National Consumers League

Worker Rights

Worker Rights

Wage Theft: You're a victim. Now what?

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Are you getting paid less than you deserve? Do you suspect you are? Learn who can help you get back what you are owed.

 

 

Who to turn to: U.S. Department of Labor

The U.S. Department of Labor's Wage and Hour Division (WHD) is responsible for administering and enforcing some of the nation's most important worker protection laws. WHD is committed to ensuring that workers in this country are paid properly and for all the hours they work, regardless of immigration status.

If you have questions or concerns, you can contact WHD at 1-866-487-9243 or visit www.wagehour.dol.gov. You will be directed to the nearest WHD office for assistance. There are over 200 WHD offices throughout the country with trained professionals to help you.

File a complaint

The information below is useful to file a complaint with WHD:

  • Your name
  • Your address and phone number (how you can be contacted)
  • The name of the company where you work(ed)
  • Location of the company (this maybe different from where you worked)
  • Phone number of the company
  • Manager or owners name (who should we ask to speak to?)
  • Type of work you did
  • How and when you were paid (i.e., cash or check, every Friday)

 

Any additional information that you can provide such as copies of pay stubs, personal records of hours worked, or other information on your employers pay practices are helpful.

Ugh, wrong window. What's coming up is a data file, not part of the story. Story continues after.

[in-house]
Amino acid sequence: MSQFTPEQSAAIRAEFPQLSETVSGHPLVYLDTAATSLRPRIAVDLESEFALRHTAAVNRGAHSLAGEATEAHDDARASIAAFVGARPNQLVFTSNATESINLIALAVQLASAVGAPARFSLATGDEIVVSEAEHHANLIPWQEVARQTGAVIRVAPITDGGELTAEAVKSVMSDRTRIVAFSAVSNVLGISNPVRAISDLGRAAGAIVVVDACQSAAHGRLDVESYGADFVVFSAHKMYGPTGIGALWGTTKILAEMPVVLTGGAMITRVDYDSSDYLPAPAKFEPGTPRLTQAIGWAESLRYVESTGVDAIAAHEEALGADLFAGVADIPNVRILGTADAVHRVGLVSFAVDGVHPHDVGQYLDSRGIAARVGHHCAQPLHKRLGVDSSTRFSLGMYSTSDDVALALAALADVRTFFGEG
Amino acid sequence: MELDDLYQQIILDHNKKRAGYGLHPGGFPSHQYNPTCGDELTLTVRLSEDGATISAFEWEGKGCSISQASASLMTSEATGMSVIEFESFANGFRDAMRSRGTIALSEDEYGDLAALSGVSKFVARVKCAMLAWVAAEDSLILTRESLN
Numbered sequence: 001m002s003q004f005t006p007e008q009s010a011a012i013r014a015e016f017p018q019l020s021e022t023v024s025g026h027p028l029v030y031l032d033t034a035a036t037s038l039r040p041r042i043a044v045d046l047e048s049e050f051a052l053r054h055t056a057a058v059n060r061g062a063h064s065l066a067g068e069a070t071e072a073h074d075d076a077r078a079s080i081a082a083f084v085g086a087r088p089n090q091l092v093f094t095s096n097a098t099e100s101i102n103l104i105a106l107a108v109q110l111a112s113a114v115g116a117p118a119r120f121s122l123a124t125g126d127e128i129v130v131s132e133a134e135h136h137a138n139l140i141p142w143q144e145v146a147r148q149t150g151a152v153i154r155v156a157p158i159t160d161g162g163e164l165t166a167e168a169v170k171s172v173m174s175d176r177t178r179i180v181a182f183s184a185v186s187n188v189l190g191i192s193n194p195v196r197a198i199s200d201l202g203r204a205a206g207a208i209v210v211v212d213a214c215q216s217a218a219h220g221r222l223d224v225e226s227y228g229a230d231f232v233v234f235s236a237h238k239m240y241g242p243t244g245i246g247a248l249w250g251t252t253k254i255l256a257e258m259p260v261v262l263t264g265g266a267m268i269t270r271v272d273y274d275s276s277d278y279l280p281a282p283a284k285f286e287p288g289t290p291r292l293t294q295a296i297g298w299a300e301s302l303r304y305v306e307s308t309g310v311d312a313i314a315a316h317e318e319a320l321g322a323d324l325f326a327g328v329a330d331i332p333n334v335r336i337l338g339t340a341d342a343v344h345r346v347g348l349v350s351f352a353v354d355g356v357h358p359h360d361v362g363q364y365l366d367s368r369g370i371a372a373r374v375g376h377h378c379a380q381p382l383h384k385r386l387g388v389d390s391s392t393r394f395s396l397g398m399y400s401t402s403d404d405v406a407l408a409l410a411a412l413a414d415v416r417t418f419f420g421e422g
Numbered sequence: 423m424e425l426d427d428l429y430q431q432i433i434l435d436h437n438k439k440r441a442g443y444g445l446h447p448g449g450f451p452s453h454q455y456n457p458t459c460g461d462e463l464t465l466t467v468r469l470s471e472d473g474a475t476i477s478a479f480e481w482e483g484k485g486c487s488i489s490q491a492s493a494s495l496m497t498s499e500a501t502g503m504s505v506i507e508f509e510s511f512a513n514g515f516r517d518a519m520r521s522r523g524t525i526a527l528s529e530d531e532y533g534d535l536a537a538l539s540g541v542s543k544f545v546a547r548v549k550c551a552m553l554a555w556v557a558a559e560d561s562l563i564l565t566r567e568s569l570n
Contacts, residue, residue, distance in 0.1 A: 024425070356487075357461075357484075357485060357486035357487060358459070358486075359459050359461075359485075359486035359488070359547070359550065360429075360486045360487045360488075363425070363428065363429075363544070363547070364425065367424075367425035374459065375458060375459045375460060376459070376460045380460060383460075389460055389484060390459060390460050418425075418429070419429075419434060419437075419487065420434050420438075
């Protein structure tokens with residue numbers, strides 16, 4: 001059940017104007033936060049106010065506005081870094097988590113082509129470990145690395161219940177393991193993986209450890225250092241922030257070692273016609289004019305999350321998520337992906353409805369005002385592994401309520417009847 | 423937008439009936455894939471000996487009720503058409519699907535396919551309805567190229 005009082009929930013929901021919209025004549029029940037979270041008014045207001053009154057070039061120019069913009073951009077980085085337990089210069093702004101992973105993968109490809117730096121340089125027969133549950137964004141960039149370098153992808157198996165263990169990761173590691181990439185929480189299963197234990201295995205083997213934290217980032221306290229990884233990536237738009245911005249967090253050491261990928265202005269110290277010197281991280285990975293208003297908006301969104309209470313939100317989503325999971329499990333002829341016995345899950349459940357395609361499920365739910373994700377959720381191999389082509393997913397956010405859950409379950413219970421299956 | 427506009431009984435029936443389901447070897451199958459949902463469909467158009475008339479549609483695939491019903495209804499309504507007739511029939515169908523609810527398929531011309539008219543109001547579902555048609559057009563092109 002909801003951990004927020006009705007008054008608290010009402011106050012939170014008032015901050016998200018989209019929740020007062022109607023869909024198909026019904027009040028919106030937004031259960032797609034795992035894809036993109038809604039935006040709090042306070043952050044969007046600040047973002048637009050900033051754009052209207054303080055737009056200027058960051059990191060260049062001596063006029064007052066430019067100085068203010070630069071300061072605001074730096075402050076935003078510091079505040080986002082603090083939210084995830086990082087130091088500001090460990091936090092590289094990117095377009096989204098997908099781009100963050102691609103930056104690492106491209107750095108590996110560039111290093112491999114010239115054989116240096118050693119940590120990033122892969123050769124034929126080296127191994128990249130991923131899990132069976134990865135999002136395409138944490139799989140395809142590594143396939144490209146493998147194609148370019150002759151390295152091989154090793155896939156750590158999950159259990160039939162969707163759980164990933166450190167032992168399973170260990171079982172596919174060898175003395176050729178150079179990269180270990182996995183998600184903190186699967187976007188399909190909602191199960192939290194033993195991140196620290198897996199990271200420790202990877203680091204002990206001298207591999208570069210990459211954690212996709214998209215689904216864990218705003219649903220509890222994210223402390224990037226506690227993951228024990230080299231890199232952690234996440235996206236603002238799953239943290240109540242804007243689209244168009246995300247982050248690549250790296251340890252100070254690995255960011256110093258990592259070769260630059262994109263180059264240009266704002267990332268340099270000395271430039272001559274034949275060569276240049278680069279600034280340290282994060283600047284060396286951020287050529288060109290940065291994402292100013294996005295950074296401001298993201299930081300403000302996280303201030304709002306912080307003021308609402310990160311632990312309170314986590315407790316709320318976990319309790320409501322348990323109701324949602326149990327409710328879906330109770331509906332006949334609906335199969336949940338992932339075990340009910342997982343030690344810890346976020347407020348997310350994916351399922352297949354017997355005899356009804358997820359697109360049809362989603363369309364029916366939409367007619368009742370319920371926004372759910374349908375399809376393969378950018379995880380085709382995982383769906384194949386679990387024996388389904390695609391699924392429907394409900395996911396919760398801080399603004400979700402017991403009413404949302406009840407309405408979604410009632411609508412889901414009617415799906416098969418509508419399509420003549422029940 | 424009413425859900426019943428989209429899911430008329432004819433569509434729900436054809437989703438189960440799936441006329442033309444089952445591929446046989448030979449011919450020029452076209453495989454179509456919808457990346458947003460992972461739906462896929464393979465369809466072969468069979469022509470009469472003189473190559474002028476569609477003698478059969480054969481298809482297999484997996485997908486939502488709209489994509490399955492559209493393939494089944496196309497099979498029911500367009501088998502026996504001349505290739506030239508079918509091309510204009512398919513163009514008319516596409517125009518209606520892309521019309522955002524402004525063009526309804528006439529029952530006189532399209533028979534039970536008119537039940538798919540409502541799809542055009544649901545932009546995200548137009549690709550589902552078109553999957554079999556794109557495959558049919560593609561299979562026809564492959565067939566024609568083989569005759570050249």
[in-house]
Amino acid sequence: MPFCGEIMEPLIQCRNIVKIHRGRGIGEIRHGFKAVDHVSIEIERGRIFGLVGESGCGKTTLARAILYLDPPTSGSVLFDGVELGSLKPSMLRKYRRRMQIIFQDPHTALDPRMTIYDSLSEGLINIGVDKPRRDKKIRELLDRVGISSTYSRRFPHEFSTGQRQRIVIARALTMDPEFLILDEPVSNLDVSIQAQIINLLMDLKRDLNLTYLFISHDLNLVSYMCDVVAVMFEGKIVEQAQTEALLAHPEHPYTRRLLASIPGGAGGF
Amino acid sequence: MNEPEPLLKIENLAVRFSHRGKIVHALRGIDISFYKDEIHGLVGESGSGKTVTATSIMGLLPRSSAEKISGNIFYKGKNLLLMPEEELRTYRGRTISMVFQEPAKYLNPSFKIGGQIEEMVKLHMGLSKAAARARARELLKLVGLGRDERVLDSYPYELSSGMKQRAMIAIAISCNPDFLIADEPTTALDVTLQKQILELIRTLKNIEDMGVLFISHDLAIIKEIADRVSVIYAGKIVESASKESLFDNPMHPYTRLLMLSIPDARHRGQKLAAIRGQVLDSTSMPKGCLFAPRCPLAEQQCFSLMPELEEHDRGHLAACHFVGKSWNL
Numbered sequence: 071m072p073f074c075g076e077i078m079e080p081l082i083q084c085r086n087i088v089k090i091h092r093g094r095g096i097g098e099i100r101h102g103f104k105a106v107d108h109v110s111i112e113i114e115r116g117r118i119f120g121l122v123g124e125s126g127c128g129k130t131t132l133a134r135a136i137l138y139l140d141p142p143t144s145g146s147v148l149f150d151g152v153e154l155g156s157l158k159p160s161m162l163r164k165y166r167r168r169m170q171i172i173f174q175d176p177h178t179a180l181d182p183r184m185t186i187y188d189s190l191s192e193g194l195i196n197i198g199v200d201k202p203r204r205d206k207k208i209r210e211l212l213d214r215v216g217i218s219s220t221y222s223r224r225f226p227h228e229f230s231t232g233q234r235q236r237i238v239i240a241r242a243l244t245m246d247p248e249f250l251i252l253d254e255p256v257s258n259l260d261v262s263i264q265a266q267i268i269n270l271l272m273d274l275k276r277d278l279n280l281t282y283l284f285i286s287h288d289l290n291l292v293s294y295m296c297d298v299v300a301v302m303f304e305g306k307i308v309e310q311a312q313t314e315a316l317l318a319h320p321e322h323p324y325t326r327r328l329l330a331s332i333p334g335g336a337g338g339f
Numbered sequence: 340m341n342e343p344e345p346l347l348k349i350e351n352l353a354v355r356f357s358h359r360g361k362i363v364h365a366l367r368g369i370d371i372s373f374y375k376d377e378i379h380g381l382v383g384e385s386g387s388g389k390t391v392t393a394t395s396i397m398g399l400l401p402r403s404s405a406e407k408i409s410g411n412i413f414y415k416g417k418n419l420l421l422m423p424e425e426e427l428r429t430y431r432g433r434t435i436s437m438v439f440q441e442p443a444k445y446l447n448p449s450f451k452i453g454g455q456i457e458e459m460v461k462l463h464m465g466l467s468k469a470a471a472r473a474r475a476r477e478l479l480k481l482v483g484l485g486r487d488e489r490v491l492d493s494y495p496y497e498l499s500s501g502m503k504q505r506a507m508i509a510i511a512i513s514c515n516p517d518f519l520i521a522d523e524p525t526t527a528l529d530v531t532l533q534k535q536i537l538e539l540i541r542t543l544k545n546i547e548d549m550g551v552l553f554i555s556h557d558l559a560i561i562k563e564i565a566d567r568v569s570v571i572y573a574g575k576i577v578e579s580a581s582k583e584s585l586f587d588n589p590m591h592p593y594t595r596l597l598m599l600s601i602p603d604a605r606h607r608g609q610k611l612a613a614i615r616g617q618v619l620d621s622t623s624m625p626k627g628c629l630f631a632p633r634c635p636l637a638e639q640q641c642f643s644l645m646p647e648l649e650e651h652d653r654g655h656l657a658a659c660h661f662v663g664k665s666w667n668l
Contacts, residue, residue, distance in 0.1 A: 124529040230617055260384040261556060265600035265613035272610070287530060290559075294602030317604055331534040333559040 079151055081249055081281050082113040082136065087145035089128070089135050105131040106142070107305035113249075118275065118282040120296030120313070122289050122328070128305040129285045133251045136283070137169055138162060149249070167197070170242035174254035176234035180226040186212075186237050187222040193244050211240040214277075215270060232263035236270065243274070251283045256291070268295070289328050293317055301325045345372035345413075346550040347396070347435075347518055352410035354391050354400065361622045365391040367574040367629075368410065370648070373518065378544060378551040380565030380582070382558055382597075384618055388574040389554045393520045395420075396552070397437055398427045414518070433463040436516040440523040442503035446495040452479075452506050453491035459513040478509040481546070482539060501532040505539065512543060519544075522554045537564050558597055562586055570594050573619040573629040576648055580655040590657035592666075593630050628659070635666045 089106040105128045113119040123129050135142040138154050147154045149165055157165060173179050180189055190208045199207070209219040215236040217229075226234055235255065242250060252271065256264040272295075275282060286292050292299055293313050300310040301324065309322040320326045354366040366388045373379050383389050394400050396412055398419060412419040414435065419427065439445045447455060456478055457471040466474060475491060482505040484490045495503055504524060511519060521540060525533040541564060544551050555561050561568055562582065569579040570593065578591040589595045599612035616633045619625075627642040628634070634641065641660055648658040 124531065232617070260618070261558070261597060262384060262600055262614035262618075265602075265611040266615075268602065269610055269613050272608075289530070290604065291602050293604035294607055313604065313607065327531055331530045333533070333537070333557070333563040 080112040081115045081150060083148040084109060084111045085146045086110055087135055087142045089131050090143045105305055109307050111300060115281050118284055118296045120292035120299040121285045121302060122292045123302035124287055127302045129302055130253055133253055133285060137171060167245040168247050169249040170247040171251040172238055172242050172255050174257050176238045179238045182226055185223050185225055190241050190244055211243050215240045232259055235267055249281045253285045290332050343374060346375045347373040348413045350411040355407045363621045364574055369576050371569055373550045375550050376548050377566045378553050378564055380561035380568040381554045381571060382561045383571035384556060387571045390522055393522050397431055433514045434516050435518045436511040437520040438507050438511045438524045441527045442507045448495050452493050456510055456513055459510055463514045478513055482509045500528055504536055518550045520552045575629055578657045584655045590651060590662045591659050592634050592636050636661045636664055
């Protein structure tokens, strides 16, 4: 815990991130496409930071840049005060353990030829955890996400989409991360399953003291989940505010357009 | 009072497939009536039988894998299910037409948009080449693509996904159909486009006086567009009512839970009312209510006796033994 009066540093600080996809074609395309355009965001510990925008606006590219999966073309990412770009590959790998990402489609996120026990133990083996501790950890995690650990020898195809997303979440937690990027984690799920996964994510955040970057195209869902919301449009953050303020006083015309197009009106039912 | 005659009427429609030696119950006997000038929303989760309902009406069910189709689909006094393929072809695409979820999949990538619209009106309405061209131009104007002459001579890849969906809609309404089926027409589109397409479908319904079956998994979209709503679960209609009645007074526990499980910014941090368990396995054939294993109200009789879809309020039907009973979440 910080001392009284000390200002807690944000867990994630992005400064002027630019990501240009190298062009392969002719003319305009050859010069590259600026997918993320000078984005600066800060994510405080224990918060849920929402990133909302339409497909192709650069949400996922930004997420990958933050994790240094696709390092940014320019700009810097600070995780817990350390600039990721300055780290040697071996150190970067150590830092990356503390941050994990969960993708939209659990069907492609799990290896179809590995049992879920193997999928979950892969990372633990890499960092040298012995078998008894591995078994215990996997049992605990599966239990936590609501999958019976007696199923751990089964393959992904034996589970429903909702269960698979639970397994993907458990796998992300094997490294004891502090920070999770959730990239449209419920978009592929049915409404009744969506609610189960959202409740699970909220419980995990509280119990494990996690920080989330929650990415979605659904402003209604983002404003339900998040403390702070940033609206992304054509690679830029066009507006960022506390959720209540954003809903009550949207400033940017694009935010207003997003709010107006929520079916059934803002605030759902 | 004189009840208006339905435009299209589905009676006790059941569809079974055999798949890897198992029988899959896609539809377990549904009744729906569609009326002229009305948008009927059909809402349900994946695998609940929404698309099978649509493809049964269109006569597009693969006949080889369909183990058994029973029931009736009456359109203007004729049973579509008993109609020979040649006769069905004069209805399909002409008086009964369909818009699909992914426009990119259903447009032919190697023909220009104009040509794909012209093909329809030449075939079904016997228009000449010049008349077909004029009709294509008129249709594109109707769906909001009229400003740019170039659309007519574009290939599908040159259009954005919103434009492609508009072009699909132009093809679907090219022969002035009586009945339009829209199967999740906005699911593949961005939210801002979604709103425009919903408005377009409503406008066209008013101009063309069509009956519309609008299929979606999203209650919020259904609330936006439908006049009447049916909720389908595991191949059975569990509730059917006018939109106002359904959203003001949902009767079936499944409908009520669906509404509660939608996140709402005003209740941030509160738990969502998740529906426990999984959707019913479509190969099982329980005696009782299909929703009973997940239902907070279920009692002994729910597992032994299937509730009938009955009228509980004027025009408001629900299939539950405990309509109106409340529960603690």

All DOL services are free and confidential, whether you are documented or not. Please remember that your employer cannot terminate you or in any other manner discriminate against you for filing a complaint with WHD.

State Departments of Labor/Employment

Most states have a Department of Labor or Department of Employment who are responsible for enforcing the labor laws of the state. Please look up you state’s Department of Labor/Employment to see the necessary steps needed to report a labor or wage violation.

Back Pay

A common remedy for wage violations is an order that the employer make up the difference between what the employee was paid and the amount he or she should have been paid. The amount of this sum is often referred to as "back pay." Among other Department of Labor programs, back wages may be ordered in cases under the Fair Labor Standards Act (FLSA) on the various federal contract labor statutes.

Listed below are methods with which the FLSA provides for recovering unpaid minimum and/or overtime wages:

 

  • The Wage and Hour Division may supervise payment of back wages.
  • The Secretary of Labor may bring suit for back wages and an equal amount as liquidated damages.
  • An employee may file a private suit for back pay and an equal amount as liquidated damages, plus attorney's fees and court costs.
  • The Secretary of Labor may obtain an injunction to restrain any person from violating the FLSA, including the unlawful withholding of proper minimum wage and overtime pay.

 

An employee may not bring suit under the FLSA if he or she has been paid back wages under the supervision of the Wage and Hour Division or if the Secretary of Labor has already filed suit to recover the wages.

Back wages also are available for underpayments to employees under the Davis-Bacon and Related Acts and the Service Contract Act, among other laws enforced and administered by the Wage and Hour Division.

Limitations of Back Pay

Generally, a two-year statute of limitations applies to the recovery of back pay. In the case of willful violations, a three-year statute of limitations applies.

For more information regarding wage theft services please contact the U.S. Department of Labor Wage and Hour Division at www.wagehour.dol.gov or the US Department of Labor We Can Help at www.dol.gov/wecanhelp and/or call the toll-free information and helpline, available 8 a.m. to 5 p.m. in your time zone, 1-866- 4USWAGE (1-866-487-9243).

Source – U.S. Department of Labor, Wage and Hour Division